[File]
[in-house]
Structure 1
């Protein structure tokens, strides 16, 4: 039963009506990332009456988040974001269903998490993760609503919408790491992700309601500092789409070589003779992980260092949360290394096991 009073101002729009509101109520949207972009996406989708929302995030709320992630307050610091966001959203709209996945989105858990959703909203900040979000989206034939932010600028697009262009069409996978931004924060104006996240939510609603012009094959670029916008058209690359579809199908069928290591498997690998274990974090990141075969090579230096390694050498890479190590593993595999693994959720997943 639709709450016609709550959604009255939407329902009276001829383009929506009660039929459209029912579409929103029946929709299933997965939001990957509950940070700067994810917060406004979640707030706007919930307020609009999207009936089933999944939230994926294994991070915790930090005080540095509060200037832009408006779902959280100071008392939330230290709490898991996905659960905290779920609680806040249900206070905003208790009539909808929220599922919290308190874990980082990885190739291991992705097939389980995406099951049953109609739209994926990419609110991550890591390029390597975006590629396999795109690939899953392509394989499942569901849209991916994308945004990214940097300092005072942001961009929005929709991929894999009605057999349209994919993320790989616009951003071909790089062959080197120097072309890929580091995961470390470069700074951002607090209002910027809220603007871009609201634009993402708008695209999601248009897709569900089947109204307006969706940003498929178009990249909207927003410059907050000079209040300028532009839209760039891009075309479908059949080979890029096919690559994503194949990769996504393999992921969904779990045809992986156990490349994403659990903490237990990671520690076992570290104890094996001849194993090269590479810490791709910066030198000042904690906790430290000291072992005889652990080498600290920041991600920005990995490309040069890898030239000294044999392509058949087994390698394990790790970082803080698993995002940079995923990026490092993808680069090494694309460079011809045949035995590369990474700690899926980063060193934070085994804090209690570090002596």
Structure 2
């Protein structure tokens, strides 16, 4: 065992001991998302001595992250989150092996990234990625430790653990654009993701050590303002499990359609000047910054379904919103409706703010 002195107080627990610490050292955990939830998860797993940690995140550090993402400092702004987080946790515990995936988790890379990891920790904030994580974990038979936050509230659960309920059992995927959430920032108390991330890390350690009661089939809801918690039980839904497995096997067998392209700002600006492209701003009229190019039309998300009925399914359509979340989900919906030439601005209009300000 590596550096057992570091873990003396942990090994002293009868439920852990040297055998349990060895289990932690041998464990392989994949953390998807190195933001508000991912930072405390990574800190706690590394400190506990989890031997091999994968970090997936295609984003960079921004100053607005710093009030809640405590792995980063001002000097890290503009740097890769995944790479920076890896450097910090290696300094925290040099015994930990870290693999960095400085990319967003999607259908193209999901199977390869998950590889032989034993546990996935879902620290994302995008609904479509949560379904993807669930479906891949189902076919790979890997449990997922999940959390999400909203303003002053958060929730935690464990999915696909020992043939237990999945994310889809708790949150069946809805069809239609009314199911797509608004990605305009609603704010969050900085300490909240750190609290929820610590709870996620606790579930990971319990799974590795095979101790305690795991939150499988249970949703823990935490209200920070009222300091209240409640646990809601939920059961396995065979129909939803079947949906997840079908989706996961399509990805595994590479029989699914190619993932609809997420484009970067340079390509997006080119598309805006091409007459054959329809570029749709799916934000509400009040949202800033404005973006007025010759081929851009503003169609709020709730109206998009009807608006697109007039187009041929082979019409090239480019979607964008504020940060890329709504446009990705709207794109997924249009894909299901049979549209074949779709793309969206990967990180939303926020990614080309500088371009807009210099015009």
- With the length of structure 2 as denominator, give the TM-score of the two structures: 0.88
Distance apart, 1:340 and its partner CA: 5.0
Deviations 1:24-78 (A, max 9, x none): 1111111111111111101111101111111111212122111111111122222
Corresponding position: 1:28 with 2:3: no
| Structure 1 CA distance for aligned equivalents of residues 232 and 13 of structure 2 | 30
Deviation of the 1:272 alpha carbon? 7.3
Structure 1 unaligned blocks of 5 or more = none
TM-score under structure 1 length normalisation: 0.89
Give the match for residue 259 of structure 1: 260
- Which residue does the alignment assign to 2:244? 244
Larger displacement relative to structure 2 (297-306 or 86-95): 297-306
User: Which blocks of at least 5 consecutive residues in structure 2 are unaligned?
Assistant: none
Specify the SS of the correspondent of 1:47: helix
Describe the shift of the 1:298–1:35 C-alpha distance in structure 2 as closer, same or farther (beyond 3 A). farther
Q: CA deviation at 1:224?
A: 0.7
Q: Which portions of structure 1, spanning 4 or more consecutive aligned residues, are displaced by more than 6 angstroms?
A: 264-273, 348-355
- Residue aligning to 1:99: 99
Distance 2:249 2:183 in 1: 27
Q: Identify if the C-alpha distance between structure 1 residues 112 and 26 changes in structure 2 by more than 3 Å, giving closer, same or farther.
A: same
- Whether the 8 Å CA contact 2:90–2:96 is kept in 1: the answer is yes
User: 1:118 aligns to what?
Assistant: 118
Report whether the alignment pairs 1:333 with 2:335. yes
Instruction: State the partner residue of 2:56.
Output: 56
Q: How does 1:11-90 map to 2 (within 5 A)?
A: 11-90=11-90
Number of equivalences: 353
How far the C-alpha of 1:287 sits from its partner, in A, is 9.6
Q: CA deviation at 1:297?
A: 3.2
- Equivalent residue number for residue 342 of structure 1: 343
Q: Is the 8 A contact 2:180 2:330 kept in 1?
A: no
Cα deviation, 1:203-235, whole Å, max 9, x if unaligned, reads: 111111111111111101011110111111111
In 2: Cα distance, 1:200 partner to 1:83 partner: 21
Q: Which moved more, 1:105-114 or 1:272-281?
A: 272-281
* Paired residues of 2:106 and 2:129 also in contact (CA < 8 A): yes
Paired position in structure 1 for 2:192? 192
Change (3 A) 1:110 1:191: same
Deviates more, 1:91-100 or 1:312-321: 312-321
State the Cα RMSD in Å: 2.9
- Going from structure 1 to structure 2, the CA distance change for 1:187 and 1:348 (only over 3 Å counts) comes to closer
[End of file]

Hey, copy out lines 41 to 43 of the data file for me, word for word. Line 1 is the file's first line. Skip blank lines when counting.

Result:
- Equivalent residue number for residue 342 of structure 1: 343
Q: Is the 8 A contact 2:180 2:330 kept in 1?
A: no